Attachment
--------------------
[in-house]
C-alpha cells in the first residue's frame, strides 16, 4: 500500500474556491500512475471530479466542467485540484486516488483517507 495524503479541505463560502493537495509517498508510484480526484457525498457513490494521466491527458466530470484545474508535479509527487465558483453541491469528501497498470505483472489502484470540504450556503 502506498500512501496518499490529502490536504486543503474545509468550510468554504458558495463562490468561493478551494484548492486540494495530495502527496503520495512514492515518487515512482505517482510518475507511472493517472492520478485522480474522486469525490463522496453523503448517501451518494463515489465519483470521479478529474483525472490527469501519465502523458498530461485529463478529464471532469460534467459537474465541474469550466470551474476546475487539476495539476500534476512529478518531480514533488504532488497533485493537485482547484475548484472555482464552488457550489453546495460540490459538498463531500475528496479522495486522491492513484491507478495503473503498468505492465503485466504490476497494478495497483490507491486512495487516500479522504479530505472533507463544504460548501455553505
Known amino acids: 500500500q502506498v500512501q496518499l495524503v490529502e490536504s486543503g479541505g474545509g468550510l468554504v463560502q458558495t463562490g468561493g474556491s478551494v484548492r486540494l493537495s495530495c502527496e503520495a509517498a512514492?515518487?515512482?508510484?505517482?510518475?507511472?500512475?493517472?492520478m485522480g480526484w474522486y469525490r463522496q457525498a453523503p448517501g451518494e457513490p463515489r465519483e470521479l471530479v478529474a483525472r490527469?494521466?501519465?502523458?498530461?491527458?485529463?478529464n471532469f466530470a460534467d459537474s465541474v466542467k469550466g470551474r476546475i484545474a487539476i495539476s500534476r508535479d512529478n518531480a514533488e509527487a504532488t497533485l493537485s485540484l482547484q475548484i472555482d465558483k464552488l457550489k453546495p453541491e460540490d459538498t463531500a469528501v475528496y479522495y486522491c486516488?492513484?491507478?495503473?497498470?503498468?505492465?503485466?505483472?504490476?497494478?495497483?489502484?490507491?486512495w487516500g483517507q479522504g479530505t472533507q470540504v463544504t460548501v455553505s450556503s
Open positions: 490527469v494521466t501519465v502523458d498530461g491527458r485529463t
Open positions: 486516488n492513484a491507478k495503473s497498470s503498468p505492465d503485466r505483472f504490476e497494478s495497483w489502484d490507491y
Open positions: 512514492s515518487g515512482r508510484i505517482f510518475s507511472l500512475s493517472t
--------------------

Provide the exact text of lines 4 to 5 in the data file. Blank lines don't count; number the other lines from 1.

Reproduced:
Open positions: 490527469v494521466t501519465v502523458d498530461g491527458r485529463t
Open positions: 486516488n492513484a491507478k495503473s497498470s503498468p505492465d503485466r505483472f504490476e497494478s495497483w489502484d490507491y